County, firm out to see which does job better

July 06, 1997


Staff Writer

Washington County and the corporate giant Lockheed Martin IMS have been competing for best performance in child support enforcement services for almost a year.

As of July 1, both programs will be able to locate deadbeat parents more easily through a "new hire registry" - which requires employers to report names, address and earnings of the people they hire.

This registry along with the two state demonstration projects - Lockheed's and Washington County's - are part of federal welfare reform laws and state-imposed programs designed to save the state money and get people off public assistance.


"Child support is the cornerstone of welfare reform. A strong child support program keeps down welfare rolls," said David Engle, director of the Washington County Department of Social Services.

If dads have jobs, they can pay child support and help cash-strapped moms get off public assistance, according to Clifford Layman, executive director of the Maryland Child-Support Enforcement Administration.

"You have to treat child support just like it's a tax. It's an obligation," he said.

He also believes that even though Maryland consistently ranks among the top 10 states in child support collections, the new welfare laws mean more needs to be done.

So the state hired Lockheed, best known for building missiles and satellites, to see if a private, for-profit corporation could do a better job than the government.

With a three-year contract valued at $50 million, the company last fall took over child support enforcement services in Baltimore city and Queen Anne's County.

The IMS division of Lockheed, which manages information systems, has immense resources. It runs many state programs, from toll booths to parking enforcement.

It is running the "new hire registry" under a separate $3.2 million contract with the Maryland Department of Human Resources.

Timothy S. Gordon, the state's attorney handling Washington County's child support cases, is skeptical of for-profit corporations getting into the business of social services.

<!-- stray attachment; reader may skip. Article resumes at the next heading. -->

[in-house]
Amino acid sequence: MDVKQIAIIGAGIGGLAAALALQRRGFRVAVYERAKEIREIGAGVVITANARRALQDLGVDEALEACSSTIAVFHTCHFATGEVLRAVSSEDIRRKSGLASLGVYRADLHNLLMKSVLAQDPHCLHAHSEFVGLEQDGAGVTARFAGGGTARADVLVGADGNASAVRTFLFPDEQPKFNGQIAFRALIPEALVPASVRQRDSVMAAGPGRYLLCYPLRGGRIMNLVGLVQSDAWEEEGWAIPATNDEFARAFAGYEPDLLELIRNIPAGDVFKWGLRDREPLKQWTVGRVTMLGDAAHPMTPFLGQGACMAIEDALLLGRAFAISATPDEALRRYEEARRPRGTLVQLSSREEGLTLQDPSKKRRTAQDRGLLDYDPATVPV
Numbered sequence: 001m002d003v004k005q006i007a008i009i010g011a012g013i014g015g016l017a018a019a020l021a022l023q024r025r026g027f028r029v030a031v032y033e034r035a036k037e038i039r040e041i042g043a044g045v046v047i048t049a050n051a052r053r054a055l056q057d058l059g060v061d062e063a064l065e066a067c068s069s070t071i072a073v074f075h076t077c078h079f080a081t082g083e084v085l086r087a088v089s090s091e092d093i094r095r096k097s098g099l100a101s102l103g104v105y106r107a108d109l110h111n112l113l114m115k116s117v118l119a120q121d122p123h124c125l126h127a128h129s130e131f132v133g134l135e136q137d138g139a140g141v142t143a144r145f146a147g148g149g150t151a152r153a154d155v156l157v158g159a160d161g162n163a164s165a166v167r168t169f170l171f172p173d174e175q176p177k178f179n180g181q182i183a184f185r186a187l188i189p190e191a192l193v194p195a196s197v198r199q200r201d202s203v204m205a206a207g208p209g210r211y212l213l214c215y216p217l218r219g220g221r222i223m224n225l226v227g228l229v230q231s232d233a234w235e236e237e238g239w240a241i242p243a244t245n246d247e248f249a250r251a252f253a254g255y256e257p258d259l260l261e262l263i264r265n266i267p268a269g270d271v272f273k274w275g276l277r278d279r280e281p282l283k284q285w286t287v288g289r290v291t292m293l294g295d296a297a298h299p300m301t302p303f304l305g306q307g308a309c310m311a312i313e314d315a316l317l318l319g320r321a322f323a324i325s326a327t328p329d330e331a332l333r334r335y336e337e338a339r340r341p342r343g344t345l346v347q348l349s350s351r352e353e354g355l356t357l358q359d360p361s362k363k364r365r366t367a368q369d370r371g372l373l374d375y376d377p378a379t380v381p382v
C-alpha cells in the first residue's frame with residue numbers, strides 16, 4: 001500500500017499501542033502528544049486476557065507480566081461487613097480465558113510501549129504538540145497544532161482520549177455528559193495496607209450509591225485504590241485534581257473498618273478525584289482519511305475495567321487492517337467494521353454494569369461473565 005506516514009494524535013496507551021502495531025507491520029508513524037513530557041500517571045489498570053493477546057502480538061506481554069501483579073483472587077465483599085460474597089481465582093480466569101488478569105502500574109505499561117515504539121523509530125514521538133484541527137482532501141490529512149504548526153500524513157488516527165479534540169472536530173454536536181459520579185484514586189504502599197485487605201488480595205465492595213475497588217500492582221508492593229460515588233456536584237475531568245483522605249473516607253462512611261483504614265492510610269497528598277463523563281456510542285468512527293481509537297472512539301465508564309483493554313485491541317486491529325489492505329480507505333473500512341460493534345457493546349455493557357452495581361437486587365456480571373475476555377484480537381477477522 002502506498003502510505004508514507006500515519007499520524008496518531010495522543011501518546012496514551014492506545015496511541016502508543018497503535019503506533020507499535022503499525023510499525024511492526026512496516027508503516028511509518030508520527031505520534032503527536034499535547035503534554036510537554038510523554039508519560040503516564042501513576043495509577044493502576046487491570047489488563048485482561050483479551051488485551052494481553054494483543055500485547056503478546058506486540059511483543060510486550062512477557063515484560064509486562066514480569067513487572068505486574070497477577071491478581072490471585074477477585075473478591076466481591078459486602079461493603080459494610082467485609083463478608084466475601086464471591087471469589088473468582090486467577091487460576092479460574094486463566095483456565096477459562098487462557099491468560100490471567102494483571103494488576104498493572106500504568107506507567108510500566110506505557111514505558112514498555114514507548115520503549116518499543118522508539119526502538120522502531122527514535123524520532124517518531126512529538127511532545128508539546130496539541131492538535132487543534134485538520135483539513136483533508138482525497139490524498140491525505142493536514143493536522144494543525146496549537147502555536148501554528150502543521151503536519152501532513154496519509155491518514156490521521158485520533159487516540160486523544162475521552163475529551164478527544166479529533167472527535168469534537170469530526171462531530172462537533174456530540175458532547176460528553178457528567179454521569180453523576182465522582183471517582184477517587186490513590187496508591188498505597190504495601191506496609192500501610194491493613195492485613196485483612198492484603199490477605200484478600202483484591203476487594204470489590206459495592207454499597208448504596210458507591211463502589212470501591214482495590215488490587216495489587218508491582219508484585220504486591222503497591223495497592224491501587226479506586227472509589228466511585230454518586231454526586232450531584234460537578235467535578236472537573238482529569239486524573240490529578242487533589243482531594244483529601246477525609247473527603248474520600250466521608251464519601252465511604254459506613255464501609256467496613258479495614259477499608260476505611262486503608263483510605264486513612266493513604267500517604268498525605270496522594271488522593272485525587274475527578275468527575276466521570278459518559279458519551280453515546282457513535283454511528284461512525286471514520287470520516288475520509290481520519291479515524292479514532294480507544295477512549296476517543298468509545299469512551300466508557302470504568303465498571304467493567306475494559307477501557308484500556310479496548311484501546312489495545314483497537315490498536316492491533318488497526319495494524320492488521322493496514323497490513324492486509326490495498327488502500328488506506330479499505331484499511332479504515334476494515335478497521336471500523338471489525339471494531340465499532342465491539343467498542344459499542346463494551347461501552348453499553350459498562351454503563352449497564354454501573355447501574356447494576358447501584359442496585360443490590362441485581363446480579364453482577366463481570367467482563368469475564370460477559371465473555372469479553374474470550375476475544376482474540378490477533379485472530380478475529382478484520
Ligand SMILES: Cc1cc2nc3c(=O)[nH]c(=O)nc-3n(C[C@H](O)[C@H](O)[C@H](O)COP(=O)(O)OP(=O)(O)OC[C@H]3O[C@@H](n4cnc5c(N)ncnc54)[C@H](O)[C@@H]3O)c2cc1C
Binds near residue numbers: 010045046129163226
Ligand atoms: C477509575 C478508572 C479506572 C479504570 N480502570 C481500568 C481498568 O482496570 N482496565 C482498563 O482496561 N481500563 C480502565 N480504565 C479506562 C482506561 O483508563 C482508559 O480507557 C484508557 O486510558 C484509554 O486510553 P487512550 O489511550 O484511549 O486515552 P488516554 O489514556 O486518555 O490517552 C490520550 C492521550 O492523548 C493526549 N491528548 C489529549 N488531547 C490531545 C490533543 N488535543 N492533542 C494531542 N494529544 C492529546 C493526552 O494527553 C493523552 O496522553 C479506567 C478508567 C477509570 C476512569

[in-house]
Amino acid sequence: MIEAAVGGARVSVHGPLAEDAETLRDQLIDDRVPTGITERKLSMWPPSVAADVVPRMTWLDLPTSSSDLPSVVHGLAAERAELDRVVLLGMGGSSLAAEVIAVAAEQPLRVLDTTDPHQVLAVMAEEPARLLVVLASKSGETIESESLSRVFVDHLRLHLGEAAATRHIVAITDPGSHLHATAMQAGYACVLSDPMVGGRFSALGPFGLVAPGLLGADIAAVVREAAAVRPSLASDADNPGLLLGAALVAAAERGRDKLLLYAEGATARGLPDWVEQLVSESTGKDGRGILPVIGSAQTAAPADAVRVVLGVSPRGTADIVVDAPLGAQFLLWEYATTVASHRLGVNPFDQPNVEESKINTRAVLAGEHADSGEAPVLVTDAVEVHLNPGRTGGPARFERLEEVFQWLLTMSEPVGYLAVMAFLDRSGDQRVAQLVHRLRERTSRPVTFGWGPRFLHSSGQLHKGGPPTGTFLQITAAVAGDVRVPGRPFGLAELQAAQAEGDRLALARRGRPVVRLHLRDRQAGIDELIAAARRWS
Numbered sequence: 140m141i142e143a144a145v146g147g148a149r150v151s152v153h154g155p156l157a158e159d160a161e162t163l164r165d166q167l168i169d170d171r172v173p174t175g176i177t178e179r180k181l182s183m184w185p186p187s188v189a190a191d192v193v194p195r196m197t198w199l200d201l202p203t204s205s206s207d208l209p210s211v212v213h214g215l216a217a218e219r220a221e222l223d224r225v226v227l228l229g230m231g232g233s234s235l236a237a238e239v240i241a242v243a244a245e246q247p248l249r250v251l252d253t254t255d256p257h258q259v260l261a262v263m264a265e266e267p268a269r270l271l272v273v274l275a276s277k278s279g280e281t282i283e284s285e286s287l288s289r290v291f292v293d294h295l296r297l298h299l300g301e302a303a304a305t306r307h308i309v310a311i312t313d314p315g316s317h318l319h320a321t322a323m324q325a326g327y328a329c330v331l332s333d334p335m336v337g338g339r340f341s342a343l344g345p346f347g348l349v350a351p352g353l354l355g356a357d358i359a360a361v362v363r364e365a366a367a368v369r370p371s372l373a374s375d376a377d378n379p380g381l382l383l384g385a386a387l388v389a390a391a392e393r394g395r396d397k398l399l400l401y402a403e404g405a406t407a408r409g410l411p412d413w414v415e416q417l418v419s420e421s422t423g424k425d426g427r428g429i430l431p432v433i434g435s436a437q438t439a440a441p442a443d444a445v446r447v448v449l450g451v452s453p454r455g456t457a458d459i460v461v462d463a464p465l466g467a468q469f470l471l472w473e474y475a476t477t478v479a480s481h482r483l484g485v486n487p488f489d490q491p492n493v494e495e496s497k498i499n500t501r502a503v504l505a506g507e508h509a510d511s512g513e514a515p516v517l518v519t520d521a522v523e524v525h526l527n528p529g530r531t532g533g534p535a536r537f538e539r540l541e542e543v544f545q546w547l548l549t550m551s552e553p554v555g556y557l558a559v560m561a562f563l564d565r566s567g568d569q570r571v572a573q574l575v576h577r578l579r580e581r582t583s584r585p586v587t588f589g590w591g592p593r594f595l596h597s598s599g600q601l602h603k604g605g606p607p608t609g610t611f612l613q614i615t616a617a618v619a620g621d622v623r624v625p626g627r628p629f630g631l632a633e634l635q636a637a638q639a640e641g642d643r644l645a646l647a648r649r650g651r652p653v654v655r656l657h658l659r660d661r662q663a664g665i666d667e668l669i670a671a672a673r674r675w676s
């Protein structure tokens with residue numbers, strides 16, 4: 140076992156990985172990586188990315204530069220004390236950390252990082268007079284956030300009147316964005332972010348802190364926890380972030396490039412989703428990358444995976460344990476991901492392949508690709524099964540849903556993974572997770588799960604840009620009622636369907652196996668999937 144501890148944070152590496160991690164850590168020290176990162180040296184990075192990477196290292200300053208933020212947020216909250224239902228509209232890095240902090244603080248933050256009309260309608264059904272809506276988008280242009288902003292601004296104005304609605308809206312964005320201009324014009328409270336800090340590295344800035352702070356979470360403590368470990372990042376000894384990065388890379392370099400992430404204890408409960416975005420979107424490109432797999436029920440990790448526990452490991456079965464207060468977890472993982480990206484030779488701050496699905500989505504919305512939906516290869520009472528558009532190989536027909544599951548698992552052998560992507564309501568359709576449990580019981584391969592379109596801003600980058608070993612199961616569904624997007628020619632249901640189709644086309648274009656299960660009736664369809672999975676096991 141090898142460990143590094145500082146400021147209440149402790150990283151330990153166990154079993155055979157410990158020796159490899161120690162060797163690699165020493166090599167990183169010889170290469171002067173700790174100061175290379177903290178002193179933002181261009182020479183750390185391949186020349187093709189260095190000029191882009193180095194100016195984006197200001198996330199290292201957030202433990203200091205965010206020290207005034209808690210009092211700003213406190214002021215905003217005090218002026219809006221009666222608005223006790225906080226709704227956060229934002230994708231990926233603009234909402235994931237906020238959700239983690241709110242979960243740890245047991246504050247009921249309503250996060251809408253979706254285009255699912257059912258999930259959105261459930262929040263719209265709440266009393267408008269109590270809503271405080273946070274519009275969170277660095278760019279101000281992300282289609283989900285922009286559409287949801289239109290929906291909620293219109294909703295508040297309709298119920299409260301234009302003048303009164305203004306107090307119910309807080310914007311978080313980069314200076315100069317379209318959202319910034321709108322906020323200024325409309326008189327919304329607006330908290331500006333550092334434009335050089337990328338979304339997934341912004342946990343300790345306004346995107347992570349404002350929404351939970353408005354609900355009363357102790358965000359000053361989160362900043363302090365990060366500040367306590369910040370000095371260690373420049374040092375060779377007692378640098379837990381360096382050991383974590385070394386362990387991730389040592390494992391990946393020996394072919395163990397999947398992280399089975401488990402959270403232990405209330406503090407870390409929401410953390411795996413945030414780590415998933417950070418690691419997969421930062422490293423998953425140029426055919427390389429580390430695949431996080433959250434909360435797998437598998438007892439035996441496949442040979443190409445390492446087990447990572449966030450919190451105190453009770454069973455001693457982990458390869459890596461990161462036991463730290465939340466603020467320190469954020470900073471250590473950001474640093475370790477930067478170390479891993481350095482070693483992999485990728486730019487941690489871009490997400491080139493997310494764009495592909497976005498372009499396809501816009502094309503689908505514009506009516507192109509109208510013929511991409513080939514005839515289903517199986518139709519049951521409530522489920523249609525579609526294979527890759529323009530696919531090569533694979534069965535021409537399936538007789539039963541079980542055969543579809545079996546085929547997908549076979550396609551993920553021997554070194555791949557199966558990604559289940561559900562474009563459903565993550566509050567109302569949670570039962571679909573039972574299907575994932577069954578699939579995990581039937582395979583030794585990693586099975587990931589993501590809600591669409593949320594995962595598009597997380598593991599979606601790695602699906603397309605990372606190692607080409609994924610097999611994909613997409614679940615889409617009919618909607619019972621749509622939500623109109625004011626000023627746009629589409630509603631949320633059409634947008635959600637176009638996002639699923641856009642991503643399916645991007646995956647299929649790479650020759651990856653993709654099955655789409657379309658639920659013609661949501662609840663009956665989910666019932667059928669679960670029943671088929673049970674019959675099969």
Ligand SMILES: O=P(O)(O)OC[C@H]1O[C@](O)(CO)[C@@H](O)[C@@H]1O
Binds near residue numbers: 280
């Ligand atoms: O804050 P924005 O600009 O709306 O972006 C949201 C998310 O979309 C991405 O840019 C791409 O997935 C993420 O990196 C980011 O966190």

"Collecting is more of an art than a science," and requires finessing people and considering human needs, he said.

He believes the Washington County Department of Social Services' exemplary record should be held up as a model for the state.

It consistently collects 70 to 75 percent of court-ordered child support, according to state records.

"We're trying to show that government can be as lean and mean as private enterprise. But we don't lose sight of the fact that we're a human service agency," he said.

Engle thinks the two programs will produce mixed results.

"What Lockheed has over us is technology," like automated systems for processing, issuing and mailing checks without the need for human hands, he said.

"We'll provide better customer services. ... We know how to take care of people, and we're not profit motivated."

But Bob Landolt, Lockheed's director of this project, thinks that such concerns are unfounded. He said the company's first priority is to collect money, which in many cases includes finding people jobs. Profits are only a by-product of success, he said.

The state pays Lockheed 23 cents for every dollar it collects in Baltimore city. The company has successfully collected only about a third of court ordered child support.

Layman said Lockheed's program is too new to be judged.

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